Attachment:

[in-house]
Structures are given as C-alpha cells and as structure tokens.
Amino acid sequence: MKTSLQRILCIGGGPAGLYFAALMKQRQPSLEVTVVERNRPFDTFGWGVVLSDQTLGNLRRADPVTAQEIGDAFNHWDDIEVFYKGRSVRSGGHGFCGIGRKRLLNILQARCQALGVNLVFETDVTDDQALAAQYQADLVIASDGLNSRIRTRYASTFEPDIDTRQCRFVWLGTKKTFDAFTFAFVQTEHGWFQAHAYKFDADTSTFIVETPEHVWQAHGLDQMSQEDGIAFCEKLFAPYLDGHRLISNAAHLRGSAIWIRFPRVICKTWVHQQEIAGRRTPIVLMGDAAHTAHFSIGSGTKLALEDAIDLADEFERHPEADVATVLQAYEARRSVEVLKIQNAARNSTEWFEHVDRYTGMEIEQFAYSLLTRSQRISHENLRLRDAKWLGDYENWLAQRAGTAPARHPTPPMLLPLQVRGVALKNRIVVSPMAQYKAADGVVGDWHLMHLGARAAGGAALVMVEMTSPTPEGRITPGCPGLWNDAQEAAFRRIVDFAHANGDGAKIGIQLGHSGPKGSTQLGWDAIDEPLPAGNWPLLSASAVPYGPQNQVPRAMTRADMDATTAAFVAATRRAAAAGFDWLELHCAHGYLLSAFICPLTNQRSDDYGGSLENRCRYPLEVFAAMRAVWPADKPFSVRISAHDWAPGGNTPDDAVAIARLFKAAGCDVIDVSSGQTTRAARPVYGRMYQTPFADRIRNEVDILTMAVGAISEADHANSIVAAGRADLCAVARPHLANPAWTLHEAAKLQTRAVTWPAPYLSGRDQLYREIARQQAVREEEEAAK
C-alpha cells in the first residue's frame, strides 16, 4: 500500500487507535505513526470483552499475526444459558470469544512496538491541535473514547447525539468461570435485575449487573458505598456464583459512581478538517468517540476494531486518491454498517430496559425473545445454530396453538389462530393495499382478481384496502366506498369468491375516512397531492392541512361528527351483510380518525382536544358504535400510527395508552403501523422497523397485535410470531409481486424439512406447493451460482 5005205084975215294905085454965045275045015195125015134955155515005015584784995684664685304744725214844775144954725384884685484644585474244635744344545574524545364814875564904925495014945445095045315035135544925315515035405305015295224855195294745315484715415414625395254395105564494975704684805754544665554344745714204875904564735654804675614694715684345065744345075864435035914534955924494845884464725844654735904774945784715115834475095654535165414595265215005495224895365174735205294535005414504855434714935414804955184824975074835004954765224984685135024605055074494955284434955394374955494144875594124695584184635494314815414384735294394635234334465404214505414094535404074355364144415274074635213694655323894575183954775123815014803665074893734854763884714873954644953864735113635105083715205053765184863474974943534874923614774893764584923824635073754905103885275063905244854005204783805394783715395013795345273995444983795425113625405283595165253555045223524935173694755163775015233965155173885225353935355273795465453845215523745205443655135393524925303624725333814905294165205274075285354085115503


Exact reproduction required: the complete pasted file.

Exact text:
[in-house]
Structures are given as C-alpha cells and as structure tokens.
Amino acid sequence: MKTSLQRILCIGGGPAGLYFAALMKQRQPSLEVTVVERNRPFDTFGWGVVLSDQTLGNLRRADPVTAQEIGDAFNHWDDIEVFYKGRSVRSGGHGFCGIGRKRLLNILQARCQALGVNLVFETDVTDDQALAAQYQADLVIASDGLNSRIRTRYASTFEPDIDTRQCRFVWLGTKKTFDAFTFAFVQTEHGWFQAHAYKFDADTSTFIVETPEHVWQAHGLDQMSQEDGIAFCEKLFAPYLDGHRLISNAAHLRGSAIWIRFPRVICKTWVHQQEIAGRRTPIVLMGDAAHTAHFSIGSGTKLALEDAIDLADEFERHPEADVATVLQAYEARRSVEVLKIQNAARNSTEWFEHVDRYTGMEIEQFAYSLLTRSQRISHENLRLRDAKWLGDYENWLAQRAGTAPARHPTPPMLLPLQVRGVALKNRIVVSPMAQYKAADGVVGDWHLMHLGARAAGGAALVMVEMTSPTPEGRITPGCPGLWNDAQEAAFRRIVDFAHANGDGAKIGIQLGHSGPKGSTQLGWDAIDEPLPAGNWPLLSASAVPYGPQNQVPRAMTRADMDATTAAFVAATRRAAAAGFDWLELHCAHGYLLSAFICPLTNQRSDDYGGSLENRCRYPLEVFAAMRAVWPADKPFSVRISAHDWAPGGNTPDDAVAIARLFKAAGCDVIDVSSGQTTRAARPVYGRMYQTPFADRIRNEVDILTMAVGAISEADHANSIVAAGRADLCAVARPHLANPAWTLHEAAKLQTRAVTWPAPYLSGRDQLYREIARQQAVREEEEAAK
C-alpha cells in the first residue's frame, strides 16, 4: 500500500487507535505513526470483552499475526444459558470469544512496538491541535473514547447525539468461570435485575449487573458505598456464583459512581478538517468517540476494531486518491454498517430496559425473545445454530396453538389462530393495499382478481384496502366506498369468491375516512397531492392541512361528527351483510380518525382536544358504535400510527395508552403501523422497523397485535410470531409481486424439512406447493451460482 5005205084975215294905085454965045275045015195125015134955155515005015584784995684664685304744725214844775144954725384884685484644585474244635744344545574524545364814875564904925495014945445095045315035135544925315515035405305015295224855195294745315484715415414625395254395105564494975704684805754544665554344745714204875904564735654804675614694715684345065744345075864435035914534955924494845884464725844654735904774945784715115834475095654535165414595265215005495224895365174735205294535005414504855434714935414804955184824975074835004954765224984685135024605055074494955284434955394374955494144875594124695584184635494314815414384735294394635234334465404214505414094535404074355364144415274074635213694655323894575183954775123815014803665074893734854763884714873954644953864735113635105083715205053765184863474974943534874923614774893764584923824635073754905103885275063905244854005204783805394783715395013795345273995444983795425113625405283595165253555045223524935173694755163775015233965155173885225353935355273795465453845215523745205443655135393524925303624725333814905294165205274075285354085115503